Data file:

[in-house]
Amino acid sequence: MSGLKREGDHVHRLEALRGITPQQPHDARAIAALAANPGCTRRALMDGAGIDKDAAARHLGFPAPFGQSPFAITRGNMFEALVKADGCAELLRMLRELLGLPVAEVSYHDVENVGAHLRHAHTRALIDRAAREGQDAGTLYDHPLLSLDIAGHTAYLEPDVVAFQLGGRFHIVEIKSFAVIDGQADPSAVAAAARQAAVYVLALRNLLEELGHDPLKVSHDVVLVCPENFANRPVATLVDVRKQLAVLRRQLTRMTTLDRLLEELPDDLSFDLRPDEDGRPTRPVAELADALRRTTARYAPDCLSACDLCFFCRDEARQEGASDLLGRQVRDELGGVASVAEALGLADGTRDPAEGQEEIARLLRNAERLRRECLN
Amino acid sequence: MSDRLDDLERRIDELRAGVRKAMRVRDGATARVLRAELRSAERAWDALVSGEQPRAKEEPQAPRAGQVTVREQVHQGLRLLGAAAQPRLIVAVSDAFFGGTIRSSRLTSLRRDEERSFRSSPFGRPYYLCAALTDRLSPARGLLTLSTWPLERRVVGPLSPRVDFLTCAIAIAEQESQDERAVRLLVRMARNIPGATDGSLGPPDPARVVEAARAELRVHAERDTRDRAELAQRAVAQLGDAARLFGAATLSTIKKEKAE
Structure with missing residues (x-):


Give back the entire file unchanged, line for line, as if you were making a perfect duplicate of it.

[in-house]
Amino acid sequence: MSGLKREGDHVHRLEALRGITPQQPHDARAIAALAANPGCTRRALMDGAGIDKDAAARHLGFPAPFGQSPFAITRGNMFEALVKADGCAELLRMLRELLGLPVAEVSYHDVENVGAHLRHAHTRALIDRAAREGQDAGTLYDHPLLSLDIAGHTAYLEPDVVAFQLGGRFHIVEIKSFAVIDGQADPSAVAAAARQAAVYVLALRNLLEELGHDPLKVSHDVVLVCPENFANRPVATLVDVRKQLAVLRRQLTRMTTLDRLLEELPDDLSFDLRPDEDGRPTRPVAELADALRRTTARYAPDCLSACDLCFFCRDEARQEGASDLLGRQVRDELGGVASVAEALGLADGTRDPAEGQEEIARLLRNAERLRRECLN
Amino acid sequence: MSDRLDDLERRIDELRAGVRKAMRVRDGATARVLRAELRSAERAWDALVSGEQPRAKEEPQAPRAGQVTVREQVHQGLRLLGAAAQPRLIVAVSDAFFGGTIRSSRLTSLRRDEERSFRSSPFGRPYYLCAALTDRLSPARGLLTLSTWPLERRVVGPLSPRVDFLTCAIAIAEQESQDERAVRLLVRMARNIPGATDGSLGPPDPARVVEAARAELRVHAERDTRDRAELAQRAVAQLGDAARLFGAATLSTIKKEKAE
Structure with missing residues (x-):